Walking (or jogging) in a winter wonderland? Be safe!
Ease of access is one of the hallmarks of education at The University of Iowa. Faculty members pride themselves on leaving their office doors open to students. Staff members enjoy the trust they feel for those who move in and out of their departments. But at the same time that easy access makes it possible for people to move freely around campus, it provides one of the greatest challenges for the UI public safety officers.
"Criminals from the outside see the University as an easy target," says Brad Allison, crime prevention officer for the UIs Department of Public Safety.
He gives the example of a faculty members office door with a note on it saying "Im in Chicago and I wont be back until the 5th."
"Anyone walking through the building can read it, and if someone sees the message and breaks in on the 1st, it will be four days before the break-in is reported," Allison says. "By then its really hard to catch the criminal."
In August, Allison joined 23 officers from university and college public safety departments around the country for the 1999 Campus Crime Prevention Seminar, a two-week training session held in Louisville, Ky.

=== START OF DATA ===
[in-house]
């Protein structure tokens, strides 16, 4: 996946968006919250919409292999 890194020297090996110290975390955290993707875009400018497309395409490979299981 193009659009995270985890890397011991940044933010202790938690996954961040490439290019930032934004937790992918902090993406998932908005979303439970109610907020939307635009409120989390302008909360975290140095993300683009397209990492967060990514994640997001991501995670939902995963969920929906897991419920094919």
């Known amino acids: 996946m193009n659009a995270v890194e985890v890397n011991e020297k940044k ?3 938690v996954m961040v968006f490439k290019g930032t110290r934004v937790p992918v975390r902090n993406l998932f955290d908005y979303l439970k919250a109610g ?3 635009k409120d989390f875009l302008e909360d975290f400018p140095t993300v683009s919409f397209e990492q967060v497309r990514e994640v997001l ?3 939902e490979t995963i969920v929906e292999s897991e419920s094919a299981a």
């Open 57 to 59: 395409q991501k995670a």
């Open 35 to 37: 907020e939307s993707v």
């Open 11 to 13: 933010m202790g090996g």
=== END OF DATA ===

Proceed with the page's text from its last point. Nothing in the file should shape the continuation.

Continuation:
The session fueled Allisons interest in preventing crimes by altering physical features of the campus, and to that end he has been working with Larry Wilson, campus planner.
"Im interested in creating safety through environmental design," Allison says. He is conducting a foliage survey based on a past lighting survey and is concerned that some heavily planted areas, though well lit, provide hiding places for potential criminals. He also would like to provide input in future landscaping projects, for example, encouraging low plantings near sidewalks.
A key part of crime prevention is education, and Allison offers numerous sessions, ranging from alcohol risk management for students in dorms, fraternities, and sororities, to a staff development course on detecting counterfeit money, to offering personal safety and self-protection courses for programs and offices that request them.
"This kind of education can cut the workload for patrol officers," says Allison, who is hoping his position becomes full time in the future. He and Chuck Green, director of public safety, also work with building designers during the planning phases of new University structures, providing suggestions for incorporating safety features in the design and construction phases.
Allison encourages all departments, whether in old or new buildings, to take advantage of security auditssurveys Allison conducts of working habits, lighting, access, and layoutand the emergency protocols he writes based on the findings.
To take part in a security audit, or to request safety training sessions, contact Allison at email@example.com or (33)5-5043.
by Linzee Kull McCray